There are no large scale clinical studies on the effects of graviola in humans.


There are no large scale clinical studies on the effects of graviola in humans.


There are no large scale clinical studies on the effects of graviola in humans.

Adverse Reactions

Graviola may cause neural disorders affecting movement, resulting in symptoms akin to Parkinson’s disease, because of detrimental effects on dopaminergic nerve cells.


There are no large scale clinical studies on the effects of graviola in humans.


Soursop is a cherished fruit of the botanical family Annonaceae. It is native to tropical America. It is cultivated widely in the tropical regions of Central and South America, Florida and tropical Africa, as well as other tropical countries worldwide. It is a small tree that grows up to about 7 meters in height. Its leaves are oblong or nearly obovate, up to 15 cm long, smooth, shiny and pointed at both ends. They exude a pungent odor when crushed. The fruit is ovoid, about 18 cm long or longer, and is covered with scattered spine-like structures. The pulp is soft white, aromatic, fibrous and fleshy, with a pleasant sour flavor, and is often juiced or made into ice cream.


Graviola has been used for various purposes in many countries, including for asthma, chills, colds, diarrhea, dysentery, dyspepsia, fever, gallbladder ailments, high blood pressure, insomnia, internal ulcers, nephrosis, neurosis, palpitations, pellagra, skin diseases such as ringworm, scurvy and sores, and intestinal worms. Ecuador natives used graviola leaves as analgesic and antispasmodic. Tea made from graviola leaves in Latin America as a sedative and tranquilizer. Fasting patients drink graviola fruit juice for leprosy and liver ailments.


Graviola is rich in vitamins B and C, and phosphorus. For every 100 g of fruit, some of the constituents reported include 14 mg calcium, 21 mg phosphorus, 0.5 mg riboflavin, 1.3 mg niacin, and 24 mg ascorbic acid. The seeds contain 22.1 percent oil and 21.4 percent protein. The fruit is high in linoleic acid and contains unsaturated fats. Various acetogenins are present in the leaf and stem, which can be prepared as insecticides. Other compounds isolated from graviola include quinolines, annopentocins, annomuricins, and coreximine.

Medicinal Benefits of Soursop

Origin: Tropical America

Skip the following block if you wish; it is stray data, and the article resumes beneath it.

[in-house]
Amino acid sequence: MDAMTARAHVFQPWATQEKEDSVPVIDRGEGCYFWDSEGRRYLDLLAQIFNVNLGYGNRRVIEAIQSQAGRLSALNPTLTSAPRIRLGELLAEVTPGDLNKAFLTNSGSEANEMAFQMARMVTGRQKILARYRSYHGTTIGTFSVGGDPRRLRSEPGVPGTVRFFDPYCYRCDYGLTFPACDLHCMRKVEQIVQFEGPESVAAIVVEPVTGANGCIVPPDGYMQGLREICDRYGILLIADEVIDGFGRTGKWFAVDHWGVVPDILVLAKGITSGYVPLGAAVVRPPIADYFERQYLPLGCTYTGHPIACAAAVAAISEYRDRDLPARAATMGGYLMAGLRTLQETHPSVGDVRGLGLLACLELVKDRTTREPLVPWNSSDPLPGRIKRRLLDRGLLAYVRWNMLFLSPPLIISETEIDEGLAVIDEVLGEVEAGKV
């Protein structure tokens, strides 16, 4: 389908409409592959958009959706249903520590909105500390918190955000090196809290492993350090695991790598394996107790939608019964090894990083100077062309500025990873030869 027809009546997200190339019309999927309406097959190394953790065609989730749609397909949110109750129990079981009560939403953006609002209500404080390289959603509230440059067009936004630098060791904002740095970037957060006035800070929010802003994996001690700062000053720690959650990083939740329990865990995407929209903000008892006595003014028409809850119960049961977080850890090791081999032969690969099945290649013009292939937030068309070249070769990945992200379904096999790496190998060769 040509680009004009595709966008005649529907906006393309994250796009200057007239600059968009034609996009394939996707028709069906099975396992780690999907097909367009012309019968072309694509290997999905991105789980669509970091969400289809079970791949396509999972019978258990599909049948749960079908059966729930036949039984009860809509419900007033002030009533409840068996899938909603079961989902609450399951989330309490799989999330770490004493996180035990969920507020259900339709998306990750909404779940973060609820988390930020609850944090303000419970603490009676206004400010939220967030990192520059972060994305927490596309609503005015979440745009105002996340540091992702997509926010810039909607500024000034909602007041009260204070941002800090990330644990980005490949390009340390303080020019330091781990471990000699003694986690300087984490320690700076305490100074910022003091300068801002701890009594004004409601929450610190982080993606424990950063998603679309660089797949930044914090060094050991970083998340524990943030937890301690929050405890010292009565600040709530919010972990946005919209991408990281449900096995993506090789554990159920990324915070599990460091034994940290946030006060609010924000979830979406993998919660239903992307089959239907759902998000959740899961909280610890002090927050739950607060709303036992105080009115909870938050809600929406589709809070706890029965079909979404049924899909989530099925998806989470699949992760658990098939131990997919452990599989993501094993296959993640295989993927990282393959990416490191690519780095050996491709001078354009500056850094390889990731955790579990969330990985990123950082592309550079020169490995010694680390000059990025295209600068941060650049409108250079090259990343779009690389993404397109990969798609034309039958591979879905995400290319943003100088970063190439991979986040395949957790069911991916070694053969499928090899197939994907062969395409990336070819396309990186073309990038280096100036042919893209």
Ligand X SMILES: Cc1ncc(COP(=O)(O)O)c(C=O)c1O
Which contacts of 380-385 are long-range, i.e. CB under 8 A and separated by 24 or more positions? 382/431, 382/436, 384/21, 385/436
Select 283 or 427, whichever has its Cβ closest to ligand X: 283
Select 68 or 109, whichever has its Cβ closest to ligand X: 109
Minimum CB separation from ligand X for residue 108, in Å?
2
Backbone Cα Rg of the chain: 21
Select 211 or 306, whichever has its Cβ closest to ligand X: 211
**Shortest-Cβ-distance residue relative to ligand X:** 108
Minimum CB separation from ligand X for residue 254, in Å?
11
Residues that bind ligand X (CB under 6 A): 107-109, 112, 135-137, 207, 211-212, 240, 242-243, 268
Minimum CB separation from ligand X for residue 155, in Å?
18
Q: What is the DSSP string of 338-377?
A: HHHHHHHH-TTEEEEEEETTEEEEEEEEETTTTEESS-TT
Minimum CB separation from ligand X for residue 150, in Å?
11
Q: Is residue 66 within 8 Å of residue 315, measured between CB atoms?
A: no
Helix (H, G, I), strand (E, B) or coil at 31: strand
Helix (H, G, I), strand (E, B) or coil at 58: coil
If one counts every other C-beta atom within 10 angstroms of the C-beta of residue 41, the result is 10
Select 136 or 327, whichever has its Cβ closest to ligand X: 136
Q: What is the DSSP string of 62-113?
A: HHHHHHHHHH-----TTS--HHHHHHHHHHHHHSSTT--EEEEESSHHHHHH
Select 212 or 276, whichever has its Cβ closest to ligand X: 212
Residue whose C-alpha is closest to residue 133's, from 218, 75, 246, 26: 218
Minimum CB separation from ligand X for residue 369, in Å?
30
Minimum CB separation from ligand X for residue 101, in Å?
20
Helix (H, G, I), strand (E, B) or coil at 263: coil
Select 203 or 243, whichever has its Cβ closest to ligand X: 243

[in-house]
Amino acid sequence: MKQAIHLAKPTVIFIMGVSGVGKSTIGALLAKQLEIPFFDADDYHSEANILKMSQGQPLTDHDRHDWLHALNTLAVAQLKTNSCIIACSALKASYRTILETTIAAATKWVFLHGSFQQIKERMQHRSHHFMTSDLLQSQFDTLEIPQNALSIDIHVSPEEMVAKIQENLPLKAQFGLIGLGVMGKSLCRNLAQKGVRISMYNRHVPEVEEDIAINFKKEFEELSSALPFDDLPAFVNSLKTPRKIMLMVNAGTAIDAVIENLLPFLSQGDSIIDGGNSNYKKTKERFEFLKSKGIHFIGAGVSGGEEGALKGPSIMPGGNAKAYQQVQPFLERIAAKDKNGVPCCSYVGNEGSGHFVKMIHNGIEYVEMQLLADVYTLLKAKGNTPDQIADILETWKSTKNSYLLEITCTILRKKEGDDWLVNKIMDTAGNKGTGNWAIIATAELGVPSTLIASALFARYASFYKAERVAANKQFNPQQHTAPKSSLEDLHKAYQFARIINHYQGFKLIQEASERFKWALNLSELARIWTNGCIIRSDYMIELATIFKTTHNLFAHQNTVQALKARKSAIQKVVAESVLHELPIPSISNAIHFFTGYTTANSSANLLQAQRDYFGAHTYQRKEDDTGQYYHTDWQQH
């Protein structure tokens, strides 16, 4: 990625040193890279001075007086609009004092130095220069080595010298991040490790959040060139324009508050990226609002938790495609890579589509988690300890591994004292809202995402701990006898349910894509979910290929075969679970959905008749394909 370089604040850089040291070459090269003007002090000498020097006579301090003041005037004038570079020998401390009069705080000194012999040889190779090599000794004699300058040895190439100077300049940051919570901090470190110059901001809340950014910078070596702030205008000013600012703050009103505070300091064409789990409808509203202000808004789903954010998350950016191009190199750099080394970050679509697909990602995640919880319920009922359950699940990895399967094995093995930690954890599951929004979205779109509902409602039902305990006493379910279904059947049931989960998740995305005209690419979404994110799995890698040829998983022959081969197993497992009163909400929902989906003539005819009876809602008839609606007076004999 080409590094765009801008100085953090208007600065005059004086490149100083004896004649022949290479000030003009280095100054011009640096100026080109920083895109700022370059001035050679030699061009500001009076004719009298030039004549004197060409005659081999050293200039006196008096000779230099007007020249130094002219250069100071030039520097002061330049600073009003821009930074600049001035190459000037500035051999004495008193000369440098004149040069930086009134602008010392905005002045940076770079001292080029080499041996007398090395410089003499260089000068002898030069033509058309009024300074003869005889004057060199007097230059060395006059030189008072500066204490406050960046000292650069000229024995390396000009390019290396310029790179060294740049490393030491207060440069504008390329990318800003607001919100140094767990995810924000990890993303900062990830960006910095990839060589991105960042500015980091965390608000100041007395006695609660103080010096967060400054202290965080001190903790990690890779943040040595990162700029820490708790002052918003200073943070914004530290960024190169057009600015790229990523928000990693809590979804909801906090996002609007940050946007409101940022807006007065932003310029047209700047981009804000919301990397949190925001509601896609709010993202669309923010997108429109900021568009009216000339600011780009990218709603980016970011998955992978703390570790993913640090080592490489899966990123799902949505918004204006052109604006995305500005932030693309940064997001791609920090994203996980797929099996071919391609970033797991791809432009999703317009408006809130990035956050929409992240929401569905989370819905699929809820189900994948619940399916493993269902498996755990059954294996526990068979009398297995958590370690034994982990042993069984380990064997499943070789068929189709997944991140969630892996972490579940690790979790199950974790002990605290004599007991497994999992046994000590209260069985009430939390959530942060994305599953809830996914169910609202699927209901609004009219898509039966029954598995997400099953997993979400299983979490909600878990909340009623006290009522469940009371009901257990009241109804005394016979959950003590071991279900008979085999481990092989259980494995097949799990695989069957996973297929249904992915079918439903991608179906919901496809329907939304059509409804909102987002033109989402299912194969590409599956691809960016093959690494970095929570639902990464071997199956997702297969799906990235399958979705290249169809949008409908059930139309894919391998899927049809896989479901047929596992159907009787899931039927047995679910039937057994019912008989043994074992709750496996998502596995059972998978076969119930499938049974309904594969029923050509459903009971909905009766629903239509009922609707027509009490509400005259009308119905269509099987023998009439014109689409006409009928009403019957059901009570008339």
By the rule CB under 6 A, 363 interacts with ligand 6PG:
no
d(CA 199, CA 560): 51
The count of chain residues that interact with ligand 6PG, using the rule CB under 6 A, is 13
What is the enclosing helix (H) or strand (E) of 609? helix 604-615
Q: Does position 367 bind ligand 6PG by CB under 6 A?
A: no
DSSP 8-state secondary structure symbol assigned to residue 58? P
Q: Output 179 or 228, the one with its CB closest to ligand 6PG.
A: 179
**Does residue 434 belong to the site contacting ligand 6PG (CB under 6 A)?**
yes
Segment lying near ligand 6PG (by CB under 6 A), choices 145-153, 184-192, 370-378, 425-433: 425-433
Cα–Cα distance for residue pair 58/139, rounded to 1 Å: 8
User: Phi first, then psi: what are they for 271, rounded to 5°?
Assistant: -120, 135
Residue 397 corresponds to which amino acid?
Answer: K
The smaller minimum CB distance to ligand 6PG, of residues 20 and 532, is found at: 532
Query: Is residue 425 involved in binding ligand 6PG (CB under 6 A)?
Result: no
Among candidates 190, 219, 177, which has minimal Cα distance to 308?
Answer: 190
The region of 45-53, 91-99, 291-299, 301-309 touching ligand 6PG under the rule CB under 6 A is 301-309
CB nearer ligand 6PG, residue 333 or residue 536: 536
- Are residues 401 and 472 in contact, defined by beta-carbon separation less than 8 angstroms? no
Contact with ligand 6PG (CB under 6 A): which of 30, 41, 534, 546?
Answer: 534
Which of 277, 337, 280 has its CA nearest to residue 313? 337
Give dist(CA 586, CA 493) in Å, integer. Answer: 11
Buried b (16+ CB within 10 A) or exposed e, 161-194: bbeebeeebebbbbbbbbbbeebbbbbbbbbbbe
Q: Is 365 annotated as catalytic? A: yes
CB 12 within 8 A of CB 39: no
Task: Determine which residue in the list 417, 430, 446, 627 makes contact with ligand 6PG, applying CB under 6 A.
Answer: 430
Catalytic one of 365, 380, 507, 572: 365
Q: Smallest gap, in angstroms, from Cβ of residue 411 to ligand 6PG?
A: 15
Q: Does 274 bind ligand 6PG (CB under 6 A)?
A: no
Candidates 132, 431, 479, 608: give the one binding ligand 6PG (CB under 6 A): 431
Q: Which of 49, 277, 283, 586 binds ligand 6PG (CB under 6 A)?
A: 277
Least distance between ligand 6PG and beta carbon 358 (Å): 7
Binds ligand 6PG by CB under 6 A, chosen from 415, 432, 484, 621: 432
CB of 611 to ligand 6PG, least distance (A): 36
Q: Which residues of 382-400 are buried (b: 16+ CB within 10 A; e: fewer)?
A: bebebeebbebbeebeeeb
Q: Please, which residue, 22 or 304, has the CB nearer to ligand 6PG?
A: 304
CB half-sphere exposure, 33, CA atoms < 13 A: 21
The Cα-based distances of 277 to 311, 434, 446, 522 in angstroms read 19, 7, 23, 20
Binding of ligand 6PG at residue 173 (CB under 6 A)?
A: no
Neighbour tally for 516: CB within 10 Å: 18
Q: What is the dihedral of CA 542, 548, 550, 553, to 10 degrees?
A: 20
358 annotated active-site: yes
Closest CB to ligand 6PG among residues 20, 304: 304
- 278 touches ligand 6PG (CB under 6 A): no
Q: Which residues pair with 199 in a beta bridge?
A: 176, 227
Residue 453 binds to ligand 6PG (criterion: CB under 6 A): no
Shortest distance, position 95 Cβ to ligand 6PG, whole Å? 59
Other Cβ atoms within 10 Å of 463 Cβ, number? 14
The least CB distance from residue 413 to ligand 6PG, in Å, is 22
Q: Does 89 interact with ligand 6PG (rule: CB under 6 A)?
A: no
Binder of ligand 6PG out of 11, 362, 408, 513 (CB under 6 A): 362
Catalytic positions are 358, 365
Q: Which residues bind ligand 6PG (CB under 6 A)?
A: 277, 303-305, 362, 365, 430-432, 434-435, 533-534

• Family: Annonaceae
  • Botanical Name: Annona muricata
  • Varieties: about nine, differing in shape, texture in flavors
  • Season: almost all the year round
  • Tree: height; up to 10 m
  • Fruit: length:12 - 24 cm; weight: 400 - 800 gm

Soursop is a fruit that has the most delectable flavor. The soursop is a large fruit of a small, fast-growing tree. The fruit is picked from the tree before it has fully ripened as it will be badly bruised if allowed to ripen and fall. The fruit is mature and is ready for eating when it feels slightly soft and is light green externally. The skin is thin and is covered with conical nibs. The white, pulpy flesh, which contains juice, is peppered with small shiny, black inedible seeds, and has a pleasant, sweet-acidic taste. As it is rather fibrous, its squeezed juice makes a better choice, and has, in fact become more popular than the fresh fruit as such. Soursop has few seedless varieties, but they are rare, and tend to have fibrous flesh.

Medicinal Benefits: Soursop is not only a delicious and healthy fruit but it is use medicinally to treat illness ranging from stomach ailments to worms.

  • The seeds, which have emetic properties, can be used in the treatment of vomiting.
  • The leaf decoction is effective for head lice and bedbugs.
  • The crushed fresh leaves can be applied on skin eruptions to promote healing.
  • The juice of the fruit can be taken orally as a remedy for urethritis, haematuria and liver ailments.
  • The juice when taken when fasting, it is believed to relieve liver ailments and leprosy.
  • To speed the healing of wounds, the flesh of the soursop is applied as a poultice unchanged for 3 days.
  • A decoction of the young shoots or leaves is regarded as a remedy for gall bladder trouble, as well as coughs, catarrh, diarrhea, dysentery, fever and indigestion.
  • Mashed leaves are used as a poultice to alleviate eczema and other skin problems and rheumatism.
  • The root bark is use as an antidote for poisoning.
  • Soursop flowers are believed to alleviate catarrh.
  • Decoction of leaves used as compresses for inflammation and swollen feet.

Nutrient Value per 100 grams servings:

  • Vitamin: C 20.6
  • Calcium: 14
  • Iron: 0.6
  • Calories: 66
  • Dietary Fiber: 3.3g
  • Protein: 1g
  • Cholesterol: 0mg
  • Sodium: 14mg
  • Sugars: 13.54g
  • Total Carbohydrate: 16.84g
  • Total Fat: 0.3g
  • Saturated Fat: 0.05g
  • Monounsaturated Fat: 0.09g
  • Polyunsaturated Fat: 0.06g

Culinary uses: eaten fresh as fruit; made into cakes, ice cream, preserved, beverages and for flavoring. The young soursop, where the seeds are still soft, is used as a vegetable. The fermented fruit is also use to make an apple cider-like drink.